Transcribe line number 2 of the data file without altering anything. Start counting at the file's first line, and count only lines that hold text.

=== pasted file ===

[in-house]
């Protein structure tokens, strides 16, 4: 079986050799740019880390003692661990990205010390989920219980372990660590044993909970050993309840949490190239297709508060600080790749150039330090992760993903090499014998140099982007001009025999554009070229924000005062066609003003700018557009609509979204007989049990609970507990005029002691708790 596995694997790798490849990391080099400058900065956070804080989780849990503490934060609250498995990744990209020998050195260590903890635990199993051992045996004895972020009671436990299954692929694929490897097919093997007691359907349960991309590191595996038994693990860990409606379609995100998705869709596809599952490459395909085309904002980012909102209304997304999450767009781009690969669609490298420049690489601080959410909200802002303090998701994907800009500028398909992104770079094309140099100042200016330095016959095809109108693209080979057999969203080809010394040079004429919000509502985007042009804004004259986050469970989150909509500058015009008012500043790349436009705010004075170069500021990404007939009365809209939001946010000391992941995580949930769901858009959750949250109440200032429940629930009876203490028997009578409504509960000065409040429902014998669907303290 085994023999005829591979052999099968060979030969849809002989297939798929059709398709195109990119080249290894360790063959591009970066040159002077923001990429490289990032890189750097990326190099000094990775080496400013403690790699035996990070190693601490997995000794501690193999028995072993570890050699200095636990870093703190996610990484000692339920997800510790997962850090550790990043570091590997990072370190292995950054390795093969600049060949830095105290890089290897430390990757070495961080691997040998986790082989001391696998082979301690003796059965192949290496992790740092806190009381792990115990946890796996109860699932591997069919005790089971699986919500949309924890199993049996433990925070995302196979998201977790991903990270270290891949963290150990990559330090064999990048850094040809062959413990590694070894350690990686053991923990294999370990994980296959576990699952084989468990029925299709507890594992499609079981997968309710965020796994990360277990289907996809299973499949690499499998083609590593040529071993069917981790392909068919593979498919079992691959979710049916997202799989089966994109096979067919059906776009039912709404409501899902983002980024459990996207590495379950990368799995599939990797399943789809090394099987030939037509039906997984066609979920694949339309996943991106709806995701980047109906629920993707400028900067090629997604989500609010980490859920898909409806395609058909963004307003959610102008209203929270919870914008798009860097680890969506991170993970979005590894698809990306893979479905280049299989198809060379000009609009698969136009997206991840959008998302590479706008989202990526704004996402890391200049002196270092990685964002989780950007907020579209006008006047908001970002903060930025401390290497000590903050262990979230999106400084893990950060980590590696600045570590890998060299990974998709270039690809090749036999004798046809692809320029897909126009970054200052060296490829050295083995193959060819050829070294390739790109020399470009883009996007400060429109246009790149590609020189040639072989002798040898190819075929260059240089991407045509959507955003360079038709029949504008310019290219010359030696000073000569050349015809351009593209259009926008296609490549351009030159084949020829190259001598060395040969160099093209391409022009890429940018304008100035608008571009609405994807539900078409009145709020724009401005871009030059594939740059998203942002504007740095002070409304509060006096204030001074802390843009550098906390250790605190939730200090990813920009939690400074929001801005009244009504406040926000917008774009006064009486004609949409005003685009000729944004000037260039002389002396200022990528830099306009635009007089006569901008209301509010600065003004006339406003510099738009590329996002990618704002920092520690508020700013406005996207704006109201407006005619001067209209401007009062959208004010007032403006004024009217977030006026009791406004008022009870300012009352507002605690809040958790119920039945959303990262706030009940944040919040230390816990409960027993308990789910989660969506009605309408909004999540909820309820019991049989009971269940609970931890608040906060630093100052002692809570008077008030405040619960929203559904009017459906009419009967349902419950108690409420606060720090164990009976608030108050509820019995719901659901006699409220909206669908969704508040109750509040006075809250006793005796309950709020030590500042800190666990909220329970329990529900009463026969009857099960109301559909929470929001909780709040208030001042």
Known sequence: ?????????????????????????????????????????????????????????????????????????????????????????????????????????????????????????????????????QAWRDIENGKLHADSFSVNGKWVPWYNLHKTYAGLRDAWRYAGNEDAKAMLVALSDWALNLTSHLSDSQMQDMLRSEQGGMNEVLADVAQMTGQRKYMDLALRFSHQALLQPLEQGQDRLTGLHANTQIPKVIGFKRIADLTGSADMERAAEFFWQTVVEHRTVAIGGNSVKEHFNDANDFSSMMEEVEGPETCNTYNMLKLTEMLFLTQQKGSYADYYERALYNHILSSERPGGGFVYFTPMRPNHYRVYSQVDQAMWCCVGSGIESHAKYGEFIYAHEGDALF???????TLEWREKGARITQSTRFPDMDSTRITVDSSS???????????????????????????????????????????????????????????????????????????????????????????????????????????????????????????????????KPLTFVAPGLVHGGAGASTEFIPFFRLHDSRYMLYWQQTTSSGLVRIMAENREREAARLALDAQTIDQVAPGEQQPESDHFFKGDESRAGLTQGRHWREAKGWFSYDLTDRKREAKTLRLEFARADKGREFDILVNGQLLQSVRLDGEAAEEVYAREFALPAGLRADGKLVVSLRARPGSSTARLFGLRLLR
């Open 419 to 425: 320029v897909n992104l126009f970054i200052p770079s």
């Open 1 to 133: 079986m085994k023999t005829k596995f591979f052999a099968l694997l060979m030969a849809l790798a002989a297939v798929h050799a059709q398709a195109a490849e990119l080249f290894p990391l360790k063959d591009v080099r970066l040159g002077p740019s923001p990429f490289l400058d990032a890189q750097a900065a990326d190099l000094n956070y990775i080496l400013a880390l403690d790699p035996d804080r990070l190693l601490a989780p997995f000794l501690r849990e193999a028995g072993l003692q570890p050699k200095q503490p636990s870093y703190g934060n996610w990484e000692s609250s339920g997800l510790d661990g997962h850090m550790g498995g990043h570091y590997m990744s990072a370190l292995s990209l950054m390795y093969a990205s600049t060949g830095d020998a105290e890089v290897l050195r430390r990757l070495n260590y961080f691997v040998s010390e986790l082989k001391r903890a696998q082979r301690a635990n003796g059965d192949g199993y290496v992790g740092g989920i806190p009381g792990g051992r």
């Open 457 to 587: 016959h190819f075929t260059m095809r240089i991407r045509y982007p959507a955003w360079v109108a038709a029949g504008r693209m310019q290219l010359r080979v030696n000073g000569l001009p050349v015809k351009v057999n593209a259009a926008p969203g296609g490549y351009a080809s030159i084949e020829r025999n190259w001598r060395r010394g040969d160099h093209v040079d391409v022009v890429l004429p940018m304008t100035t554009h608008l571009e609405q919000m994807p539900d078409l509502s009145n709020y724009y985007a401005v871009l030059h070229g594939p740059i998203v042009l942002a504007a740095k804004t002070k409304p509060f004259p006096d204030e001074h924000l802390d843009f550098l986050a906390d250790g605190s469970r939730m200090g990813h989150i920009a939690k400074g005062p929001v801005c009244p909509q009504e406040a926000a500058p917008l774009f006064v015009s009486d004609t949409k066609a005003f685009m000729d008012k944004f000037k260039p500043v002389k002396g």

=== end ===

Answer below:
């Protein structure tokens, strides 16, 4: 079986050799740019880390003692661990990205010390989920219980372990660590044993909970050993309840949490190239297709508060600080790749150039330090992760993903090499014998140099982007001009025999554009070229924000005062066609003003700018557009609509979204007989049990609970507990005029002691708790 596995694997790798490849990391080099400058900065956070804080989780849990503490934060609250498995990744990209020998050195260590903890635990199993051992045996004895972020009671436990299954692929694929490897097919093997007691359907349960991309590191595996038994693990860990409606379609995100998705869709596809599952490459395909085309904002980012909102209304997304999450767009781009690969669609490298420049690489601080959410909200802002303090998701994907800009500028398909992104770079094309140099100042200016330095016959095809109108693209080979057999969203080809010394040079004429919000509502985007042009804004004259986050469970989150909509500058015009008012500043790349436009705010004075170069500021990404007939009365809209939001946010000391992941995580949930769901858009959750949250109440200032429940629930009876203490028997009578409504509960000065409040429902014998669907303290 085994023999005829591979052999099968060979030969849809002989297939798929059709398709195109990119080249290894360790063959591009970066040159002077923001990429490289990032890189750097990326190099000094990775080496400013403690790699035996990070190693601490997995000794501690193999028995072993570890050699200095636990870093703190996610990484000692339920997800510790997962850090550790990043570091590997990072370190292995950054390795093969600049060949830095105290890089290897430390990757070495961080691997040998986790082989001391696998082979301690003796059965192949290496992790740092806190009381792990115990946890796996109860699932591997069919005790089971699986919500949309924890199993049996433990925070995302196979998201977790991903990270270290891949963290150990990559330090064999990048850094040809062959413990590694070894350690990686053991923990294999370990994980296959576990699952084989468990029925299709507890594992499609079981997968309710965020796994990360277990289907996809299973499949690499499998083609590593040529071993069917981790392909068919593979498919079992691959979710049916997202799989089966994109096979067919059906776009039912709404409501899902983002980024459990996207590495379950990368799995599939990797399943789809090394099987030939037509039906997984066609979920694949339309996943991106709806995701980047109906629920993707400028900067090629997604989500609010980490859920898909409806395609058909963004307003959610102008209203929270919870914008798009860097680890969506991170993970979005590894698809990306893979479905280049299989198809060379000009609009698969136009997206991840959008998302590479706008989202990526704004996402890391200049002196270092990685964002989780950007907020579209006008006047908001970002903060930025401390290497000590903050262990979230999106400084893990950060980590590696600045570590890998060299990974998709270039690809090749036999004798046809692809320029897909126009970054200052060296490829050295083995193959060819050829070294390739790109020399470009883009996007400060429109246009790149590609020189040639072989002798040898190819075929260059240089991407045509959507955003360079038709029949504008310019290219010359030696000073000569050349015809351009593209259009926008296609490549351009030159084949020829190259001598060395040969160099093209391409022009890429940018304008100035608008571009609405994807539900078409009145709020724009401005871009030059594939740059998203942002504007740095002070409304509060006096204030001074802390843009550098906390250790605190939730200090990813920009939690400074929001801005009244009504406040926000917008774009006064009486004609949409005003685009000729944004000037260039002389002396200022990528830099306009635009007089006569901008209301509010600065003004006339406003510099738009590329996002990618704002920092520690508020700013406005996207704006109201407006005619001067209209401007009062959208004010007032403006004024009217977030006026009791406004008022009870300012009352507002605690809040958790119920039945959303990262706030009940944040919040230390816990409960027993308990789910989660969506009605309408909004999540909820309820019991049989009971269940609970931890608040906060630093100052002692809570008077008030405040619960929203559904009017459906009419009967349902419950108690409420606060720090164990009976608030108050509820019995719901659901006699409220909206669908969704508040109750509040006075809250006793005796309950709020030590500042800190666990909220329970329990529900009463026969009857099960109301559909929470929001909780709040208030001042």